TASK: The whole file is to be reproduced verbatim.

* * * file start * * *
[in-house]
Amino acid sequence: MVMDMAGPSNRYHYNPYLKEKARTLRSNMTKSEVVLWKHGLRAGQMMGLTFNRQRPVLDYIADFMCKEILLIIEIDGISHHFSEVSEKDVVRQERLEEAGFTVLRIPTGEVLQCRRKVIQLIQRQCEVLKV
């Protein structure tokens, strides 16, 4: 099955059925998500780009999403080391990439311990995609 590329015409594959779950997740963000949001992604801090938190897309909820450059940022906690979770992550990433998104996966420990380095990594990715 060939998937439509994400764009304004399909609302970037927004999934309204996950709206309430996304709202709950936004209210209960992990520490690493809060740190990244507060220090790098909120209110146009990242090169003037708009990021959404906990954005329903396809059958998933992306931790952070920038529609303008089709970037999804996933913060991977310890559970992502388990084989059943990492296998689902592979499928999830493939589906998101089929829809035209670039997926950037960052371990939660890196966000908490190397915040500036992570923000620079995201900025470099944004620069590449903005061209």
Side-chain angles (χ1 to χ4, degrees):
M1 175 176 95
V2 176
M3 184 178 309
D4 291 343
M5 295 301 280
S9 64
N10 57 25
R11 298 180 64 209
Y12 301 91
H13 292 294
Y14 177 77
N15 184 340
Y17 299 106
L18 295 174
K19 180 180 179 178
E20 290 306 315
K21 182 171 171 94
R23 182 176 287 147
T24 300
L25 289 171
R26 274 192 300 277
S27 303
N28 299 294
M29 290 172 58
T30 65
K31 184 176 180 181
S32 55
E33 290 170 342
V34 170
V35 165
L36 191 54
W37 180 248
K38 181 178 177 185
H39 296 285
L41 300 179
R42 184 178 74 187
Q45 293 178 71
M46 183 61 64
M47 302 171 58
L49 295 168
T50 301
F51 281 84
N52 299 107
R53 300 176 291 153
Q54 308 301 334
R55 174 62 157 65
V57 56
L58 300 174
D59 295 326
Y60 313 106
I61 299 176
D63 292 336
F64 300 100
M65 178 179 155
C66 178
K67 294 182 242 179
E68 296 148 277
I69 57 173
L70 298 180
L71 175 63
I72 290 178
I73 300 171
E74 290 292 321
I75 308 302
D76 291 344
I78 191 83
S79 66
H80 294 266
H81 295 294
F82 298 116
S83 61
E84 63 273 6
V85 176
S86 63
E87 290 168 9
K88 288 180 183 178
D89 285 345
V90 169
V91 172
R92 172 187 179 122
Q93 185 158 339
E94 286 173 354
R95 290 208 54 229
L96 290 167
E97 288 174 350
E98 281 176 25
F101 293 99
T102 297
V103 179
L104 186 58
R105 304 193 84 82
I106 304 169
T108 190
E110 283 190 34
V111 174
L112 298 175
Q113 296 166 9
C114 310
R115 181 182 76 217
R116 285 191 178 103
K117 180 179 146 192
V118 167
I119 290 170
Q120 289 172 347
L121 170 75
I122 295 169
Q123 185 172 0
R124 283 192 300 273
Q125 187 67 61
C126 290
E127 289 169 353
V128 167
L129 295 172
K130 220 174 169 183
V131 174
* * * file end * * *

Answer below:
[in-house]
Amino acid sequence: MVMDMAGPSNRYHYNPYLKEKARTLRSNMTKSEVVLWKHGLRAGQMMGLTFNRQRPVLDYIADFMCKEILLIIEIDGISHHFSEVSEKDVVRQERLEEAGFTVLRIPTGEVLQCRRKVIQLIQRQCEVLKV
């Protein structure tokens, strides 16, 4: 099955059925998500780009999403080391990439311990995609 590329015409594959779950997740963000949001992604801090938190897309909820450059940022906690979770992550990433998104996966420990380095990594990715 060939998937439509994400764009304004399909609302970037927004999934309204996950709206309430996304709202709950936004209210209960992990520490690493809060740190990244507060220090790098909120209110146009990242090169003037708009990021959404906990954005329903396809059958998933992306931790952070920038529609303008089709970037999804996933913060991977310890559970992502388990084989059943990492296998689902592979499928999830493939589906998101089929829809035209670039997926950037960052371990939660890196966000908490190397915040500036992570923000620079995201900025470099944004620069590449903005061209």
Side-chain angles (χ1 to χ4, degrees):
M1 175 176 95
V2 176
M3 184 178 309
D4 291 343
M5 295 301 280
S9 64
N10 57 25
R11 298 180 64 209
Y12 301 91
H13 292 294
Y14 177 77
N15 184 340
Y17 299 106
L18 295 174
K19 180 180 179 178
E20 290 306 315
K21 182 171 171 94
R23 182 176 287 147
T24 300
L25 289 171
R26 274 192 300 277
S27 303
N28 299 294
M29 290 172 58
T30 65
K31 184 176 180 181
S32 55
E33 290 170 342
V34 170
V35 165
L36 191 54
W37 180 248
K38 181 178 177 185
H39 296 285
L41 300 179
R42 184 178 74 187
Q45 293 178 71
M46 183 61 64
M47 302 171 58
L49 295 168
T50 301
F51 281 84
N52 299 107
R53 300 176 291 153
Q54 308 301 334
R55 174 62 157 65
V57 56
L58 300 174
D59 295 326
Y60 313 106
I61 299 176
D63 292 336
F64 300 100
M65 178 179 155
C66 178
K67 294 182 242 179
E68 296 148 277
I69 57 173
L70 298 180
L71 175 63
I72 290 178
I73 300 171
E74 290 292 321
I75 308 302
D76 291 344
I78 191 83
S79 66
H80 294 266
H81 295 294
F82 298 116
S83 61
E84 63 273 6
V85 176
S86 63
E87 290 168 9
K88 288 180 183 178
D89 285 345
V90 169
V91 172
R92 172 187 179 122
Q93 185 158 339
E94 286 173 354
R95 290 208 54 229
L96 290 167
E97 288 174 350
E98 281 176 25
F101 293 99
T102 297
V103 179
L104 186 58
R105 304 193 84 82
I106 304 169
T108 190
E110 283 190 34
V111 174
L112 298 175
Q113 296 166 9
C114 310
R115 181 182 76 217
R116 285 191 178 103
K117 180 179 146 192
V118 167
I119 290 170
Q120 289 172 347
L121 170 75
I122 295 169
Q123 185 172 0
R124 283 192 300 273
Q125 187 67 61
C126 290
E127 289 169 353
V128 167
L129 295 172
K130 220 174 169 183
V131 174